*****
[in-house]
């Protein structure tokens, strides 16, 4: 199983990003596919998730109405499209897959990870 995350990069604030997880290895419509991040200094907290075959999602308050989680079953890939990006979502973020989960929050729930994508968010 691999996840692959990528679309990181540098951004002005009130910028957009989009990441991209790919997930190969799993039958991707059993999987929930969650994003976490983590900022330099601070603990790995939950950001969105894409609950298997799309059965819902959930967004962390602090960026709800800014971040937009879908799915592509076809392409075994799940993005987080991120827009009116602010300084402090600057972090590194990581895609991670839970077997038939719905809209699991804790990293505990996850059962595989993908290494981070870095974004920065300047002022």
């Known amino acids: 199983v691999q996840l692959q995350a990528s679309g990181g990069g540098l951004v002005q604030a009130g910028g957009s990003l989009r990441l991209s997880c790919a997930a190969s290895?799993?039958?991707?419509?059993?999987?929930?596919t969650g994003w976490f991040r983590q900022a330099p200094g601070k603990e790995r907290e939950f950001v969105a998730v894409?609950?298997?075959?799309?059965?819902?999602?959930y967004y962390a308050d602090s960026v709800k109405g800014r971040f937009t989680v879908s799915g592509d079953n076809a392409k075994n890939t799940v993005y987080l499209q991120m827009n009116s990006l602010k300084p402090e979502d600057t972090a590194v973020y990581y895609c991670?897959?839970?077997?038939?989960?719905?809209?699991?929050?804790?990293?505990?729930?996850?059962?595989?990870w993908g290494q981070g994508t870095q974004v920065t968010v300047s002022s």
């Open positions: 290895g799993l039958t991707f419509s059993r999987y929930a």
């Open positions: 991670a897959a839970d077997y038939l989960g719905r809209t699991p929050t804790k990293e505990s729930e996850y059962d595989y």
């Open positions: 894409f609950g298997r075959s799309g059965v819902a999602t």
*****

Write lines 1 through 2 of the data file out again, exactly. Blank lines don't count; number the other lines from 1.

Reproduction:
[in-house]
């Protein structure tokens, strides 16, 4: 199983990003596919998730109405499209897959990870 995350990069604030997880290895419509991040200094907290075959999602308050989680079953890939990006979502973020989960929050729930994508968010 691999996840692959990528679309990181540098951004002005009130910028957009989009990441991209790919997930190969799993039958991707059993999987929930969650994003976490983590900022330099601070603990790995939950950001969105894409609950298997799309059965819902959930967004962390602090960026709800800014971040937009879908799915592509076809392409075994799940993005987080991120827009009116602010300084402090600057972090590194990581895609991670839970077997038939719905809209699991804790990293505990996850059962595989993908290494981070870095974004920065300047002022």